Fruitland principal charged with sexual battery, soliciting prostitution

Fruitland High School principal and boys basketball coach Mike Fitch was charged Friday with three misdemeanors, stemming from allegations of sexual harassment of a female staff member at the school, court documents show.

The charges include two counts of sexual battery and one count of solicitation of prostitution, both misdemeanor charges.

Fitch has been on leave from Fruitland since late last year. At the time, the Idaho State Police confirmed to The Idaho Statesman that Fitch was the subject of an investigation, but declined to say why.

According to reports from state police investigators obtained Monday by Idaho Education News, an adult female employee at Fruitland High School told police in November that Fitch had repeatedly propositioned her for sex, tried to physically force her into engaging in sexual activities and sent her unsolicited lewd messages on a work email account.

The woman told police that “Mr. Fitch came by her office one time and stood in close proximity to her and took her ponytail and tried to force her head to his groin area,” the police report says. “She believed he was trying to get her to perform oral sex on him,” the report says.

In separate incidents, the woman told police that Fitch “placed her hand on his erect penis.” The reports also allege that Fitch would repeatedly “pull his trouser’s taught and show her he had an erection [sic].”

The woman told police that Fitch asked her to engage in lewd acts at school, one time asking her to “meet in the band room for sex,” and that he would send her messages telling her about his sexual needs, sent her a picture of his penis and videos of himself masturbating.

He also propositioned her for sex, she said, and at one point told her that he had $300 and asked the woman if she knew what he should do with it. “Mr. Fitch then came by her office and patted his pocket and reminded her he had the money,” the police report says. “…She believed his intent was to get her to commit to engaging in sex with him to earn the $300.”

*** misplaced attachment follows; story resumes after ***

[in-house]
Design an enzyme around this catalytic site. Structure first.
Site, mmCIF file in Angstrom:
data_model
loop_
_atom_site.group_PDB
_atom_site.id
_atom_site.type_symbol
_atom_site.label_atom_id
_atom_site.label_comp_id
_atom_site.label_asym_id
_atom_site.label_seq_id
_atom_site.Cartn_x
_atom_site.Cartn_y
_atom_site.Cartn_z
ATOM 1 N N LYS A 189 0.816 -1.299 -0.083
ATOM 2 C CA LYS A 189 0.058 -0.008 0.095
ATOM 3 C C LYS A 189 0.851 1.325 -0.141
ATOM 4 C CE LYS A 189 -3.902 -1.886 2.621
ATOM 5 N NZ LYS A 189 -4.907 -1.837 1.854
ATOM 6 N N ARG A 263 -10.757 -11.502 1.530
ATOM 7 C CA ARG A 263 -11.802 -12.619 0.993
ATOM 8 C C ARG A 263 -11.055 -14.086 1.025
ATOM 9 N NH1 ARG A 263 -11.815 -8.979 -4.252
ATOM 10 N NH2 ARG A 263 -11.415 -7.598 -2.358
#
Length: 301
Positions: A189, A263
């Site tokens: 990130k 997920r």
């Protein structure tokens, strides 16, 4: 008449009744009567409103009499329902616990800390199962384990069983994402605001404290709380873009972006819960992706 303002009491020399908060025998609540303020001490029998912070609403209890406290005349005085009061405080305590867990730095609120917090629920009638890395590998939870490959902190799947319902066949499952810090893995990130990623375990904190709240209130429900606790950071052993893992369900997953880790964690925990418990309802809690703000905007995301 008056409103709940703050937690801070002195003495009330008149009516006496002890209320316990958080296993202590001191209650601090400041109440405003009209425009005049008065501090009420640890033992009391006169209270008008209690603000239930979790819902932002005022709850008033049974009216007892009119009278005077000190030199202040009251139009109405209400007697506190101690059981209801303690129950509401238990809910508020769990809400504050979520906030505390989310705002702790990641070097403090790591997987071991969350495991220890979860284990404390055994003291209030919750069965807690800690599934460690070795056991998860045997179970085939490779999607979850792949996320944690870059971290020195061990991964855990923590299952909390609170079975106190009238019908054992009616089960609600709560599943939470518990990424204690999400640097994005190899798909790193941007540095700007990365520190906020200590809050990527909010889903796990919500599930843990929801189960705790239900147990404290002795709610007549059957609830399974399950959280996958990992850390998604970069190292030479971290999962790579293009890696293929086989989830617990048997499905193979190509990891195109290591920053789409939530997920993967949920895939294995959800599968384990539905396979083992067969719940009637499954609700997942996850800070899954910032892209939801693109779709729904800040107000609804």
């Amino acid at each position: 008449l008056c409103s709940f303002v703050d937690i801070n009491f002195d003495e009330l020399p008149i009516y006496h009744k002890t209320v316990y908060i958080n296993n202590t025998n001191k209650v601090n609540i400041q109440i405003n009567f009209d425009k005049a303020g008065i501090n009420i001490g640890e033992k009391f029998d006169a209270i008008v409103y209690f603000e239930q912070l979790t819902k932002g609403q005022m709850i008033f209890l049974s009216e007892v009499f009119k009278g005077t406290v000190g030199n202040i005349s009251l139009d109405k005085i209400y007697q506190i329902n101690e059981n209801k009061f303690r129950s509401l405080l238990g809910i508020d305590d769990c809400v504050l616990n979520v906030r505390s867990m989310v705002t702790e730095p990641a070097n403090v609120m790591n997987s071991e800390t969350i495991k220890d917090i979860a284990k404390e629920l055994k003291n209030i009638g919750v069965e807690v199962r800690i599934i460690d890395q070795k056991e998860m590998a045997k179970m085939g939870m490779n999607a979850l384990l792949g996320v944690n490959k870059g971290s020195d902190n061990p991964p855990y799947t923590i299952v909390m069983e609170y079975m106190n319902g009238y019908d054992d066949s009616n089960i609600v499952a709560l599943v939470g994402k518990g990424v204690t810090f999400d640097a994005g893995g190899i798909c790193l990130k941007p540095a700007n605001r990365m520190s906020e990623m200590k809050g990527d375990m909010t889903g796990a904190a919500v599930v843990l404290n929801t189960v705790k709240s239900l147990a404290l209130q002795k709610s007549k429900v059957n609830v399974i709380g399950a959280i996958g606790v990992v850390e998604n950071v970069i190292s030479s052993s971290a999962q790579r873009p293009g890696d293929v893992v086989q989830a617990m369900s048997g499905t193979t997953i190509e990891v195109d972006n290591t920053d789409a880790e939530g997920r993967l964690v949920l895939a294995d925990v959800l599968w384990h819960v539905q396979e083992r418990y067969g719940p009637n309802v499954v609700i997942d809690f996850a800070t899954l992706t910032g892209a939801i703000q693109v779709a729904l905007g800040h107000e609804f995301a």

At one point, the woman told police, she did send a photograph of her lower body, in her underwear to Fitch. But, the police reports say that “after approximately a month, she realized the situation was spiraling out of control,” and she stopped communicating with Fitch.

The woman told police that at least two other school employees warned her that Fitch had a reputation of engaging in inappropriate behavior.

Attempts to reach Fitch for comment on the allegations were unsuccessful on Monday.

The charges filed against Fitch include two counts of sexual battery, which is defined in Idaho State Statute as “any willful physical contact, over or under the clothing, with the intimate parts of any person, when the physical contact is done without consent and with the intent to degrade, humiliate or demean the person touched or with the intent of arousing, appealing to or gratifying the lust, passion or sexual desires of the actor or any other person.”

Sexual battery is a misdemeanor, which carries a penalty of up to one year in jail or a $2,000 fine.

Solicitation of prostitution, according to state statutes, includes paying or offering to pay another person for “engaging in an act of sexual conduct or sexual contact.” It is also a misdemeanor.

Court documents indicate that Fitch was served with a summons to appear at the Payette County Courthouse on March 5 for his arraignment on the misdemeanor charges.

In a statement on Friday, Fruitland superintendent Teresa Fabricius said that the school district is aware of the charges against Fitch, who has been out of the building since Nov. 16. She did not reply to emailed questions about the status of Fitch’s employment, but said that Fitch “will remain out of the building while this matter is resolved.”

“The district is cooperating fully with officials and we take this situation very seriously,” the statement said.

The Fruitland school board had called a special meeting set for Monday, Feb. 25, with the only item on the agenda an executive session where board members could discuss personnel matters, but Fabricius said that meeting had been canceled on Monday afternoon.

In an email to many members of the media, Fabricius directed follow-up questions on the investigation to the Payette County Prosecutor’s office.

Fabricius is acting as the administrator at Fruitland High school in Fitch’s absence.

“I want to assure you that education at Fruitland High School is progressing as usual, and our teachers and staff are working hard to ensure that students are learning in a stable, supportive and positive environment,” her statement said.

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